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Holloway suspect sought in Peru killing

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Arrest warrant issued for van der Sloot after woman's death


A young Dutchman previously arrested in the 2005 disappearance of Alabama teen Natalee Holloway is the prime suspect in a weekend murder of a Peruvian woman, police said Wednesday.


Joran van der Sloot is being sought in the Sunday killing of 21-year-old Stephany Flores in a Lima hotel, Criminal police chief Gen. Cesar Guardia told a news conference. He said the suspect fled the country the next day by land to Chile.


The Dutch government said Interpol has issued an international arrest warrant for Van der Sloot.


Guardia said the 22-year-old Dutchman, who was in the country for a poker tournament, appears with the young woman in a video taken at a Lima casino early Sunday.


The victim's father, Ricardo Flores, told reporters she was killed about 8 a.m. in a hotel room in the upscale Miraflores neighborhood that was splattered with blood, indicating a struggle.


El Comercio newspaper in Lima reported that Flores was stabbed. Her father is a businessman and race car driver.


The killing occurred exactly five years after the May 30, 2005, disappearance of Holloway in Aruba, a Dutch Caribbean island.


"We have an interview with a worker at the hotel who says she saw this foreigner with the victim enter his room," said Guardia.


Van der Sloot left Peru on Monday, Guardia said, according to an immigration registry. He had been staying at the hotel since May 14 and checked out on Sunday four hours after he arrived there with the victim, the police general added.


A document obtained by NBC News from Peru's Dirección General de Migraciones states that Van Der Sloot left Peru on Monday via land to Chile at 1:42 p.m. local time. The document also states he arrived in Peru via Colombia on an Avianca flight on May 14.


Interpol has issued an international arrest warrant for Van der Sloot, Dutch Foreign Ministry spokesman Bengt van Loosdrecht told The Associated Press in The Netherlands.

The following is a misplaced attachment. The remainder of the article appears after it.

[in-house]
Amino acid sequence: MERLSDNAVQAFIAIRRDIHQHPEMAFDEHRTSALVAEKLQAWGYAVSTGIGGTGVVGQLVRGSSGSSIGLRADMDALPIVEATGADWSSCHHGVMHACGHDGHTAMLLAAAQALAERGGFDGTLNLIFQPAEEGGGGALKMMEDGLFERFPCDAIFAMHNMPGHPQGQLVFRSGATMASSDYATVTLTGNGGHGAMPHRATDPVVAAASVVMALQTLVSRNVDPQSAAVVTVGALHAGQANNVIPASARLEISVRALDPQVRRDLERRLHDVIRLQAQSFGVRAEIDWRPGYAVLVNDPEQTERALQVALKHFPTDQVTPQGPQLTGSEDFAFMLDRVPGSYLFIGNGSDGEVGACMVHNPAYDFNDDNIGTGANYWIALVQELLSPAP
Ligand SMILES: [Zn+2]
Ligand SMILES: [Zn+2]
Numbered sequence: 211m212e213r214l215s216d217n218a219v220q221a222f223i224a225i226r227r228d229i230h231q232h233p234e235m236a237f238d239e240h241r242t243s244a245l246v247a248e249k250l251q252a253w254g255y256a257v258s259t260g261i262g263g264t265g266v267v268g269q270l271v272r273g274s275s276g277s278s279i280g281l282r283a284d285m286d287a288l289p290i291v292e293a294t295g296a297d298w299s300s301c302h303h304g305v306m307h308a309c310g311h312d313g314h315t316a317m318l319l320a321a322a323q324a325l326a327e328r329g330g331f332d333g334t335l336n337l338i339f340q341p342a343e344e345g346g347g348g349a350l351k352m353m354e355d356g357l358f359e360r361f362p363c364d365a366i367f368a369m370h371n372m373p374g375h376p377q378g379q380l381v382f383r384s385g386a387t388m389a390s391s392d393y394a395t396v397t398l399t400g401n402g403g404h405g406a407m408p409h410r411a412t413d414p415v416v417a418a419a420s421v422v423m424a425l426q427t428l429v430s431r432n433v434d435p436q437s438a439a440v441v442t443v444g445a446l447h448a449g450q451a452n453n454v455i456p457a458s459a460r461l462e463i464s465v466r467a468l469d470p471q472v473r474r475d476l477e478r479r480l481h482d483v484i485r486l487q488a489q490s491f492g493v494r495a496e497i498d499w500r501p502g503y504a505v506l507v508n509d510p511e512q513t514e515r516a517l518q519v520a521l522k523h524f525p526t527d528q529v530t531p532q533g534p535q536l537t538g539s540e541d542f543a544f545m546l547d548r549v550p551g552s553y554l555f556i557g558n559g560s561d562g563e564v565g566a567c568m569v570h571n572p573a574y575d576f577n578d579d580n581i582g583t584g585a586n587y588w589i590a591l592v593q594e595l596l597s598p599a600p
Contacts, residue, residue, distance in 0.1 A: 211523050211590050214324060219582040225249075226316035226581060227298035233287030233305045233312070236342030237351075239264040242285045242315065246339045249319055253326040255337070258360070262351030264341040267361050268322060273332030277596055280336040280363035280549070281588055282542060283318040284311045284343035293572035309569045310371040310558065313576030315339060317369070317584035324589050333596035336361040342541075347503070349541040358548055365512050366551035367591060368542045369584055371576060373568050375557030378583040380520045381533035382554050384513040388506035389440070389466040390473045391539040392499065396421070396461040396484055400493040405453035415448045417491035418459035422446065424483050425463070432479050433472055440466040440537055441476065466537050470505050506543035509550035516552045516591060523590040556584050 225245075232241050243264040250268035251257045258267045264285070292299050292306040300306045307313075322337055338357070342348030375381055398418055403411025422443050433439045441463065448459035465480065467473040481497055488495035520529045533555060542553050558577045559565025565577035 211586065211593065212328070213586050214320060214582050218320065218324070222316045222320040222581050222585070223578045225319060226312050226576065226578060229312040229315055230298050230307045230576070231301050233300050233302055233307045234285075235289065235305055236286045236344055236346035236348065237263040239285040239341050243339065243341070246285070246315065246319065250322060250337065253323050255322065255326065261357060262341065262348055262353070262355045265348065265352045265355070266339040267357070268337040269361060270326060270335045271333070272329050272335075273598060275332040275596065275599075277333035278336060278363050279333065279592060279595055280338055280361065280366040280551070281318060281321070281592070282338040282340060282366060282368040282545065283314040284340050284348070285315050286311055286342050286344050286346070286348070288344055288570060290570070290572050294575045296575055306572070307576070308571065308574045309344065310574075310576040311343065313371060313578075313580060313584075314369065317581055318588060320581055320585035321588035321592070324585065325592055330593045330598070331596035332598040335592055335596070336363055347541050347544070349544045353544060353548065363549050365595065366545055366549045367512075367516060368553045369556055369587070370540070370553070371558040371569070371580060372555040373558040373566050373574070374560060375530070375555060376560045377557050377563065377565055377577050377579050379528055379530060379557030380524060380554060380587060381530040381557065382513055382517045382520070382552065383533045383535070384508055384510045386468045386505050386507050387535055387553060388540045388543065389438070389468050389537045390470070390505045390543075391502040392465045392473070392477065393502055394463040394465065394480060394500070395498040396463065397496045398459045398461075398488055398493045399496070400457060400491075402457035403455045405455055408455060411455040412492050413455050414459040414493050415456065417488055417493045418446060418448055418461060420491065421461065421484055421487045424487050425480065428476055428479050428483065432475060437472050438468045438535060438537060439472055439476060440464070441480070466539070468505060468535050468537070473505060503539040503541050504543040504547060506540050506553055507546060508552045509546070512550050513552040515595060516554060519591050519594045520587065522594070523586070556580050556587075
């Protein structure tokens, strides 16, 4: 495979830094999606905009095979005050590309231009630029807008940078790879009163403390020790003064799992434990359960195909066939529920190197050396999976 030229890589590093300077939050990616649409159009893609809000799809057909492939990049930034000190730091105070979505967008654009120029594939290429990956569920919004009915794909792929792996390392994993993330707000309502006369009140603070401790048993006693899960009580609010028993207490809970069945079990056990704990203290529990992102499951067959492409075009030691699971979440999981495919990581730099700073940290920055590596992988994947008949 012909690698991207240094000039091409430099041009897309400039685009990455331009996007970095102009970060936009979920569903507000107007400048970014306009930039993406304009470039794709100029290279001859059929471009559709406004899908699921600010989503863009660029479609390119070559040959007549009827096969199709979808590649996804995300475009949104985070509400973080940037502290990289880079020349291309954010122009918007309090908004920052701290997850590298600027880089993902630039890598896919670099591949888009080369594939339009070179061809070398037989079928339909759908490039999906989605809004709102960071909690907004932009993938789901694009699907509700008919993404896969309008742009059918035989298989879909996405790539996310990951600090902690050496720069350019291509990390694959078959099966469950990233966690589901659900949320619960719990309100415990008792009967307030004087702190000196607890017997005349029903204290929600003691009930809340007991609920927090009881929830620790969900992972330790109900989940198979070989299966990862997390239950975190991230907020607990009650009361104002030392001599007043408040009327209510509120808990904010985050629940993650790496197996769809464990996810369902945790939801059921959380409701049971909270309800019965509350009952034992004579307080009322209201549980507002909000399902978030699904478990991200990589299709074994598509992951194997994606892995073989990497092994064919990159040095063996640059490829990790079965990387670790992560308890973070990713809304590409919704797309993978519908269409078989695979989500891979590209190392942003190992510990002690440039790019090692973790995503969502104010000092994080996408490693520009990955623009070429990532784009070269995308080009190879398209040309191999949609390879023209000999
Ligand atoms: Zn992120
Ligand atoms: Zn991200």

He cited as his sources Peruvian police and the Dutch Embassy in Lima. The embassy's head of consular affairs, Angela Lowe, told the AP she could not comment on the case.


An attorney for Van der Sloot in New York City, Joe Tacopina, said he did not know his client's whereabouts and has not been in touch with him since the Peru allegations emerged.


Tacopina cautioned against a rush to judgment.


"Joran van der Sloot has been falsely accused of murder once before. The fact is he wears a bull's-eye on his back now and he is a quote-unquote usual suspect when it comes to allegations of foul play," Tacopina said.


Van der Sloot was twice arrested but later released for lack of evidence in the 2005 disappearance of Holloway, who was on a high school graduation trip to the Caribbean island.


No trace of her has been found and van der Sloot remains the main suspect in the case, said Ann Angela, spokeswoman for the Aruba prosecutor's office.





Sad anniversary for Natalee Holloway’s mom

May 30: Beth Holloway tells TODAY she isn’t giving up on her quest to find out what happened to her daughter.

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"What's happening now is incredible," she said. "At this moment we don't have anything to do with it, but we are following the case with great interest and if Peruvian authorities would need us, we are here."


Van der Sloot's late father was a prominent judge in Aruba.


The mystery of Holloway's disappearance has garnered wide attention on television and in newspapers in Europe and the United States.


Holloway, 18, of Mountain Brook, Ala., was last seen in public leaving a bar on Aruba with van der Sloot and two Surinamese brothers — Deepak and Satish Kalpoe — hours before she was due to board a flight home from the school trip.


Two years ago, a Dutch television crime reporter captured hidden-camera footage of Van der Sloot saying he was with Holloway when she collapsed on a beach, drunk. He said he believed she was dead and asked a friend to dump her body in the sea.


Judges subsequently refused to arrest van der Sloot on the basis of the tape.


Chief prosecutor Peter Blanken told NBC News in February that the suspect's story was "very unbelievable," and no charges followed the confession.


"The locations, names and times he gave just did not make sense," Blanken told NBC News.


The Dutch newspaper De Telegraaf quoted Blanken as saying that van der Sloot's statement was "held together by lies and fantasy."


The interview was not aired by German broadcaster RTL because of doubts about whether van der Sloot was telling the truth, Blanken added.


Van der Sloot claimed that Holloway had died accidentally and insisted that he did not kill her, Blanken said.



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